Lightroom AI Denoise - Review - 24 Apr 2023

Original (left), Noiseware (center), AI Denoise (right), ISO 6400

A few weeks ago Adobe came out with Lightroom Classic Ver. 12.3 that added a couple of new features, one of which was a new AI Denoise filter to apply noise reduction to original RAW files! This noise-reduction is a new addition to the Enhancement feature that Adobe released last year that allowed AI (artificial intelligence) to generate high-resolution images from original RAW files. Full description of version 12.3 improvements is described here.

A number of reviewers are describing their experiences online, including YouTube videos that I've found helpful. Anthony Morganti is a Lightroom Guru and describes the new AI Denoise feature in Lightroom 12.3. He also has follow-up video that helps answer the question of whether to apply the AI Denoise feature BEFORE or AFTER making adjustments in Lightroom*.

* - Quick answer is that Adobe recommends AI Denoise be applied BEFORE adjustments. I've found from my examples below that AI Denoise appears to add a touch of vibrance to images, and this added vibrance can appear overdone if you apply any vibrance adjustment before applying AI Denoise. Otherwise, I see no problems adjusting White Balance and Tone selections before applying AI Denoise.

Here is an image of a Hermit Thrush, expanded to 300% to show noise in the original image captured at ISO 6400. 41% Vibrance had been added to the image before applying the AI Denoise filter (top). After applying 20% AI Denoise to the image the resulting file looks noticeably cleaner (bottom) but shows some added vibrance (blue around the eye orbital and yellow at the gape of the bill).

Also note: Before applying the AI Denoise filter using the Enhance Review dialogue make sure to de-select the "Create Stack" box. 

Because AI Denoise is NOT non-destructive the original RAW file will be converted to a DNG file. If the "Create Stack" box is selected then the original RAW file will disappear and be replaced with the "Enhanced-DNG" file. The Enhanced DNG file cannot be reset, and the original RAW file will need to be re-imported into Lightroom. By unselecting the Create Stack box both the new DNG and original RAW file will remain in Lightroom.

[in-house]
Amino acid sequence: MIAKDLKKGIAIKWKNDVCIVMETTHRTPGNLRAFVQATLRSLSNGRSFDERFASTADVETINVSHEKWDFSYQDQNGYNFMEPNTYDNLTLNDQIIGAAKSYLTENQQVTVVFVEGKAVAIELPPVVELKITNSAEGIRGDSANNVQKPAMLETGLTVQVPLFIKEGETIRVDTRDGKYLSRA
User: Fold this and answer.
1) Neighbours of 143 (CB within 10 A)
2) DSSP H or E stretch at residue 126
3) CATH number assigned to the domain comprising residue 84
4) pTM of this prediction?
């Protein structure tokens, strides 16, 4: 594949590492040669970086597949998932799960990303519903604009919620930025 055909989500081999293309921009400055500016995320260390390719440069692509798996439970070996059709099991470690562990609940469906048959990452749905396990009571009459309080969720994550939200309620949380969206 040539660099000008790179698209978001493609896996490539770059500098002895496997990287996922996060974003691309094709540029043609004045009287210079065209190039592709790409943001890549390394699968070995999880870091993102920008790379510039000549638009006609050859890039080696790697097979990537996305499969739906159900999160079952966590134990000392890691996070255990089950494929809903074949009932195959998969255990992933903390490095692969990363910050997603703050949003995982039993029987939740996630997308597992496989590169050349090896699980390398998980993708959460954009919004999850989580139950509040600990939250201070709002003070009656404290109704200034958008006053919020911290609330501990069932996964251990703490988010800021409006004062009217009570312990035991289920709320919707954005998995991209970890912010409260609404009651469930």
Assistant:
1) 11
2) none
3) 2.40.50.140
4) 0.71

Also-Also Note: Processing time will vary depending upon your computer configuration. My Macbook Pro with the below configuration takes 1-2 minutes to process the noise reduction. Other systems may take as little as 30 seconds while still others can take 40 minutes, so this processing will greatly impact your workflow time and decision-making about using this new feature.

How does it compare?

I do not have access to the more popular Topaz Photo AI or DXO PureRAW packages for noise reduction and image enhancement but did find a couple of YouTube reviews worth watching:

Brian Matiash compares AI Denoise vs. Topaz Photo AI  and provides his insights and commentary. Nick Page goes a step further and compares AI Denoise vs. Topaz Photo AI vs. DXO PureRAw. All three have their strengths (and weaknesses) but ultimately you'll want to decide for yourself what your preferred workflow will look like moving forward.

For me, I've used Imagenomic's Noiseware noise reduction software for years and have been very happy with it. My workflow typically involves applying initial Luminance Noise reduction (4-10%) in Lightroom Classic followed by an 80% Sharpening Mask. Here is a Hermit Thrush portrait expanded to 300% and shot at ISO 6400 before and after applying the manual noise reduction in Lightroom Classic:

The image is then imported into Photoshop where Noiseware Reduction is applied (typically 40% Luminance noise reduction):

There is still evidence of noise in the image above, but at 300% the noise is minimal. The 100% image looks very clean:

This is the image with 80% Luminance NR using Noiseware:

The 80% Noiseware NR image above looks clean, but there is evidence of loss of detail in the feathering around the cheeks of the bird. Still, a very nice image. 

So, how does Lightroom Classic's AI Denoise compare? I applied AI Denoise to the original RAW file at increments of 10% to see where the best noise reduction was optimized:

At 10% the AI Denoise did an impressive job of removing Chroma and Luminance noise from the image. At 20 - 60% there is no visible loss of detail at 300% image magnification. Even at 100% NR the AI Denoise software produced an impressively sharp image with detail that surpasses the Noiseware software at 80%. Here is a comparison shot of the AI Denoise levels magnified at 300%:

Until now I had been using AI Denoise at a default level of 30% but it appears that I can go up to 50% without any loss of resolution. This is how the AI Denoise at 50% compares to the Noiseware NR software at 100% and 300% magnifications:

There is no question that the Lightroom AI Denoise has produced a cleaner, sharper image relative to the Noiseware software. At 1-2 minutes processing time I feel that its worth it to produce cleaner and sharper images, especially at the higher ISO's. I won't hesitate now to use my Sony a1 at ISO 6400 (or even 12,800) if I can get the shutter speeds I need to capture sharp images in lower light. 

As to whether you need to consider switching to or from other noise reduction packages it is purely a personal preference. Adobe has long been criticized for having a less-than adequate noise reduction filter in Lightroom Classic and Photoshop, but I think that AI Denoise will now shut down that criticism.


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